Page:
Drapable Scarves on the Rigid Heddle

Marcy Petrini

January, 2020

I received an email from a knitting student from a long, long time ago (in a galaxy far, far away) asking for some help; she is just starting to weave on a rigid heddle, and she is not happy with her projects. She said that she used 3/2 mercerized cotton for warp and weft on her 12 dent heddle for a scarf and she felt that it was too heavy and not very drapable. She lives in a relatively warm climate, so she had thought a cotton scarf would be perfect for her winters. After she was done, she figured that the 3/2 cotton must have been too thick, so next she used a 10/2 cotton because she knows some weavers who use it for their scarves. She again used her 12 dent heddle. Her results were even worse, she said: she tried to avoid a flimsy, unstable fabric, but the weft packed so much that she ended up with a very stiff fabric. “What went wrong”? she asked, “What should I have done?”

For the first scarf: heavy, dense yarns make heavy, dense fabrics, which are appropriate for some uses. For the second scarf, we match the sett to the yarn, not the other way around. An open warp sett for a thin yarn is how we make weft-faced fabrics, for example heavy and durable rugs, not scarves.

Here are some ideas to answer my students “What should I have done?”

I agree that 3/2 cotton is too heavy for a scarf; I use it successfully to make table runners and place mats. In the way of a comparison, the plain weave scarf my student made, with a finished width of 8” wide and length of 60”, weighs 4.1 oz; a comparable size plain weave scarf woven with 10/2 cotton sett at 20 epi weights 2 oz., sett at 22 epi weighs 2.2 oz. Big difference in weight.

With a rigid heddle, we have to use the sett of the heddle, and 12 is about the upper limit possible because of mechanical reasons. But there are plenty of yarns that can be sett at 12 and give wonderful results. We need yarns that are not heavy or dense: wool, for example, wool and silk blends, or one of the new light weight synthetic yarns.

Here is one of my scarves with sock yarn for warp, 75% superwash merino and 25% nylon, and polyester hair yarn for weft; it weighs less than 3 oz. and it’s fluffy and fun.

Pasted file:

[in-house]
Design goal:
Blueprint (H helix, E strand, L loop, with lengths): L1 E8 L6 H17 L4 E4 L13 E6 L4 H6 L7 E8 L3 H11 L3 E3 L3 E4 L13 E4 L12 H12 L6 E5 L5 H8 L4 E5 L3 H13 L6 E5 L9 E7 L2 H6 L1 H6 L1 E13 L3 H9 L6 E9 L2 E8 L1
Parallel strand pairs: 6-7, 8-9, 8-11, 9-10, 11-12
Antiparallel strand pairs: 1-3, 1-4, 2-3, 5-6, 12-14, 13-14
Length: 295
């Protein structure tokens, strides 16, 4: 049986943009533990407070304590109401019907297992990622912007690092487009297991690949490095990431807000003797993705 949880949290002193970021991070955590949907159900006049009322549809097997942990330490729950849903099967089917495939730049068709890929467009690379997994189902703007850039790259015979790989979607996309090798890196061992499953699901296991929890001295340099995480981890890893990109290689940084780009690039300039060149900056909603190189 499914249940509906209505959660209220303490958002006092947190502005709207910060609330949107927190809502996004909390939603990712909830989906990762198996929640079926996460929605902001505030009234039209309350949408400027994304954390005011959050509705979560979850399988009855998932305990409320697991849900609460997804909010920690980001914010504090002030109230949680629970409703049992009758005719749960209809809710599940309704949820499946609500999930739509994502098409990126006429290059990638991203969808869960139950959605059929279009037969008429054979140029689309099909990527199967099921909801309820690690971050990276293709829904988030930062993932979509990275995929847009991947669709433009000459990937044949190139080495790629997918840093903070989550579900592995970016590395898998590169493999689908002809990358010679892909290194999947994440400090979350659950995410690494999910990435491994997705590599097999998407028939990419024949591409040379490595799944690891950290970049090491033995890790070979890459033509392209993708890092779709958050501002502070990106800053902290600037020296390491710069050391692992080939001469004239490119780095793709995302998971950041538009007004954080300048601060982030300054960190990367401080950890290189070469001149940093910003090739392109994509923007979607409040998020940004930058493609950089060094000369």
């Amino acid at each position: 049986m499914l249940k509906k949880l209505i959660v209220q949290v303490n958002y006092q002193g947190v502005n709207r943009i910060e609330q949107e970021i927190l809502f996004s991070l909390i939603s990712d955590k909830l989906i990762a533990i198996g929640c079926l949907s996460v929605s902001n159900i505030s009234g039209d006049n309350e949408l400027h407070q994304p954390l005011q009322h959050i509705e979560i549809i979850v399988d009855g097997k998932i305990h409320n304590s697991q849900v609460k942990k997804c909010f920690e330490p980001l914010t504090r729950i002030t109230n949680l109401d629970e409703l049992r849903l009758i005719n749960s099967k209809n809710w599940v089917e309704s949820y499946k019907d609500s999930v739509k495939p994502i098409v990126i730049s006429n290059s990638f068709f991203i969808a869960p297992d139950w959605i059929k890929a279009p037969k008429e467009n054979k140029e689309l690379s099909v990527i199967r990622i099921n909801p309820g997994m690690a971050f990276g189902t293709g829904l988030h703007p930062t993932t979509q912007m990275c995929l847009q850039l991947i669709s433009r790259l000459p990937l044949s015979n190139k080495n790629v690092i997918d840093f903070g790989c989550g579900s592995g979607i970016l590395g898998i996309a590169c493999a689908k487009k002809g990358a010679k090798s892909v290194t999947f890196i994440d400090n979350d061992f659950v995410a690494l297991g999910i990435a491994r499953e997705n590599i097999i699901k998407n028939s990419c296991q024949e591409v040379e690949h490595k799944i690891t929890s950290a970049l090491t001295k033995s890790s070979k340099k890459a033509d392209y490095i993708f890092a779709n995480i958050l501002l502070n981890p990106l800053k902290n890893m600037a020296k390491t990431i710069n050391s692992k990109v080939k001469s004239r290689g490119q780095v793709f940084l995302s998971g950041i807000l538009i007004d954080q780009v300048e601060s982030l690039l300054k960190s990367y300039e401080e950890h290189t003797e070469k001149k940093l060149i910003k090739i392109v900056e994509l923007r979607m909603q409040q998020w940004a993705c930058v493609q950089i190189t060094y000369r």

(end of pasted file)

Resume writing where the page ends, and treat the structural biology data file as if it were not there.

Sometimes we are reluctant to use handspun on our shaft looms: we may be afraid that the warp will stretch too much, or that the yarn is not strong enough for the tension needed and it will break; and there is also a lot of loom waste. The rigid heddle is perfect for that handspun: the lesser tension is less likely to cause the warp to stretch or to break, and the loom waste is just enough for fringes on a scarf.

I wove a scarf with my handspun, commercially dyed, 65% superwash merino and 35% silk for warp and weft. The scarf weighs less than 3 oz. and it is warm. This scarf was the topic of the February 2019 blog, but here it is again.





What if I have a thin yarn that I want to use on my rigid heddle? Here is a possible solution:




The warp of this scarf is a ribbon, “Gedifra”, 100% cotton which wraps at 6 wpi; the weft is Jems Luxe Fibers, “Nimbus”, 72% Kid mohair, 28% silk, which wraps at 40 wpi. The close set of 5 epi allows the scarf to show off the variegation of the ribbon; with the thin weft, the scarf is light weight and drapable. The mohair is an added bonus, giving the scarf a halo.

The weft of the scarf below also wraps at 6 wpi; it is hand-dyed silk Sari ribbon by the Wonderland Collection; the warp is 5/2 silk from RedFish Dyeworks; sett at 12, the warp was open enough to show the weft, but the scarf would be heavy and not very flexible if I had used only the ribbon for weft. To avoid that problem, I wove two picks of silk between each pick of ribbon; one pick of silk may have been enough, but I wanted the ribbon to fall on alternate sheds.




The rules for setting a warp are the same whether we weave on a shaft loom or a rigid heddle. I won’t repeat them here, I wrote about them in my July 2019 blog. If you are unsure about what the weight of the project will be, calculate it by using the dimensions of the scarf and the weight per unit length given by the manufacturer, and double it for the weft (make sure to be consistent with units, that is, don’t mix cm with yards).

Keep those scarves light and drapable! Happy Weaving!

          Please email comments and questions to This email address is being protected from spambots. You need JavaScript enabled to view it..